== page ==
Last week, this newspaper reported on the 80th birthday tribute function held in Cape Town for Eliot Osrin in recognition of his more than fifty years of service to the Jewish community. Also honoured was his wife, Myra, whose multifaceted communal work includes taking the lead in establishing the Cape Town Holocaust Centre. In the course of my own involvement in the establishment of the Durban Holocaust Centre, I have benefited enormously from her guidance and advice.
I was in attendance at this inspiring function, and in the course of it met many of Cape Town Jewry’s most eminent communal leaders, past and present. Amongst them was Simon Jocum, a long-serving member and past president of the SAJBD Cape Council as well as a long-serving National Vice-Chairman of the Board. Sadly, Simon passed away shortly afterwards, having been involved in Jewish communal activities to the very end.
Eliot and Simon exemplify what is undoubtedly one of our Jewish community’s greatest strengths, namely the continued involvement of its “elder statesmen” and the invaluable supporting role they play behind the scenes for the new generation of communal leaders and professionals. Having given so much to the community in years gone by, these could justifiably have taken a back seat and left it to the incoming leadership to shoulder the burden. Instead, they have continued to be involved, usually in an unofficial capacity and often having generously stepped aside to allow a younger generation of leaders to take office.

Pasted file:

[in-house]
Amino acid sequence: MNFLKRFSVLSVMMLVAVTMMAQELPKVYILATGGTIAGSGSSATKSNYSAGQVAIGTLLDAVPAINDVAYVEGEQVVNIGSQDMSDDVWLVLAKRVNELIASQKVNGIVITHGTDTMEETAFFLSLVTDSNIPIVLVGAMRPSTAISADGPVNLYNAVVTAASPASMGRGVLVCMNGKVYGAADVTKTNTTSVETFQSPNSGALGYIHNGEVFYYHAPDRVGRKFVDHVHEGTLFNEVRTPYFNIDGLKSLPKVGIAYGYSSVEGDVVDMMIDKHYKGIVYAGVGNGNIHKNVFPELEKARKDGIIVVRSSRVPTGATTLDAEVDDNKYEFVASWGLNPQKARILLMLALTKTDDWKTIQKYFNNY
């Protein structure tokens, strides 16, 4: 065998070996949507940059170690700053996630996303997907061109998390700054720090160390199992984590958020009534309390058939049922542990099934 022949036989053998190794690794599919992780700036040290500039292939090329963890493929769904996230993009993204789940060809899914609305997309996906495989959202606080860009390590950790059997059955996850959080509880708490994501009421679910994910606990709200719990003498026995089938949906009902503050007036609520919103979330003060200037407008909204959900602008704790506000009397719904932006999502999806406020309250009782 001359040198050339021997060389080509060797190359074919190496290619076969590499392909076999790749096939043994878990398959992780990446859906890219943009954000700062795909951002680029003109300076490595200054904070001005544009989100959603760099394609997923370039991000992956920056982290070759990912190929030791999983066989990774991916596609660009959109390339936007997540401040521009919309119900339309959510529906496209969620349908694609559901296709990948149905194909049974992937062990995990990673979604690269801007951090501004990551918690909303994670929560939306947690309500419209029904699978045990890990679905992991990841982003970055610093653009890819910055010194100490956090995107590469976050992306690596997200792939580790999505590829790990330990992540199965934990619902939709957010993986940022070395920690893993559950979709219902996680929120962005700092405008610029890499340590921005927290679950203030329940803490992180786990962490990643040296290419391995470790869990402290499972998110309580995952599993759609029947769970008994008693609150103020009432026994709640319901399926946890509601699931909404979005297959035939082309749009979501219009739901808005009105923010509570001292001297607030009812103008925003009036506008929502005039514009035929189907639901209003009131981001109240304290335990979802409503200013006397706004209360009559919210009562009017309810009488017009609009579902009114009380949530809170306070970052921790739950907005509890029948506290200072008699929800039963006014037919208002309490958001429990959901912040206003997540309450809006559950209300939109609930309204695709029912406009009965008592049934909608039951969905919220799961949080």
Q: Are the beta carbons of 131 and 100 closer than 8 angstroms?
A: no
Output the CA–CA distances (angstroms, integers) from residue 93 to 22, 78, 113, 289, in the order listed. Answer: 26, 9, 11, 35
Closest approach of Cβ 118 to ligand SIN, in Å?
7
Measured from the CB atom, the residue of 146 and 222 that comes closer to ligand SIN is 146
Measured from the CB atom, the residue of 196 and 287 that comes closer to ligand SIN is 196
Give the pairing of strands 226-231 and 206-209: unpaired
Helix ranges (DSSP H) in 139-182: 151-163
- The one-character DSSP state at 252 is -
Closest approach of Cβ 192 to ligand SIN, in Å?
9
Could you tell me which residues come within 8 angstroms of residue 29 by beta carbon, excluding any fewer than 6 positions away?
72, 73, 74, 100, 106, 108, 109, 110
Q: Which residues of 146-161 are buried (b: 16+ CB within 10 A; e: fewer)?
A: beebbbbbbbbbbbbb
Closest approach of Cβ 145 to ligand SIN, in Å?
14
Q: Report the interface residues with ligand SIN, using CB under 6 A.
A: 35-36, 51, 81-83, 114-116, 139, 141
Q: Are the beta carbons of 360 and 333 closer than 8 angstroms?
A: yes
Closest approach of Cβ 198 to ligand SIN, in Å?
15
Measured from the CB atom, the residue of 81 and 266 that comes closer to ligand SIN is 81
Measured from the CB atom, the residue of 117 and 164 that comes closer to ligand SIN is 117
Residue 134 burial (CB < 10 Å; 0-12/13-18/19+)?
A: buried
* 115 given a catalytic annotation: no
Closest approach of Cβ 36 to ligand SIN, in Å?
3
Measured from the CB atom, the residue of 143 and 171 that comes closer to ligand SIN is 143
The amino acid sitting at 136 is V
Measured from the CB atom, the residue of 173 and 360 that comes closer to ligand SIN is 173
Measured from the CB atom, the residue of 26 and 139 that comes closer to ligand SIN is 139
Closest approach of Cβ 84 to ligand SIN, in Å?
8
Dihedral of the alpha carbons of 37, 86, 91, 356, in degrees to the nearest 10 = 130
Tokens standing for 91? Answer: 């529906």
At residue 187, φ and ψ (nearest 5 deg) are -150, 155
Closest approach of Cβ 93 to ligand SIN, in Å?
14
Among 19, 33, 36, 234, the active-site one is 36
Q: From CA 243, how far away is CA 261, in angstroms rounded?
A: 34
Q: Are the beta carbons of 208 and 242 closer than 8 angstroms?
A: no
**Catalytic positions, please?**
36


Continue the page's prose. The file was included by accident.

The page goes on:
Speaking personally, I could list a number of communal veterans who have been of enormous assistance to me during my term of office, and my predecessors would undoubtedly be able to do likewise. For obvious reasons, one should resist the temptation to single out specific individuals in this context, but suffice it to say that in every major Jewish centre countrywide, one will find outstanding men and women who have given and continue to give outstanding service to their respective communities.
All communal leaders are essentially caretakers of a legacy pioneered by those who preceded them, stretching back all the way to the very founders of organised Jewish life in South Africa. We endeavour to add our own chapter to that legacy before passing the torch on to the next generation. As we approach the end of the secular year, many young people in our community are poised to begin a new chapter in their own lives as they prepare to leave their school or university years behind them. In doing so, we hope that they will find the time amidst all the challenges they face to make themselves a part of this country’s rich and diverse Jewish life, whether in its religious, Zionistic, cultural, educational or social welfare aspects. The wealth of dedicated and talented young leaders that now hold office throughout our organisations bodes well for our community’s future. However, we can never afford to become complacent and must do all we can to encourage and facilitate the inclusion of young adults at the start of their careers in Jewish communal affairs.
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This Above Board column first appeared in the SA Jewish Report on 26 October 2012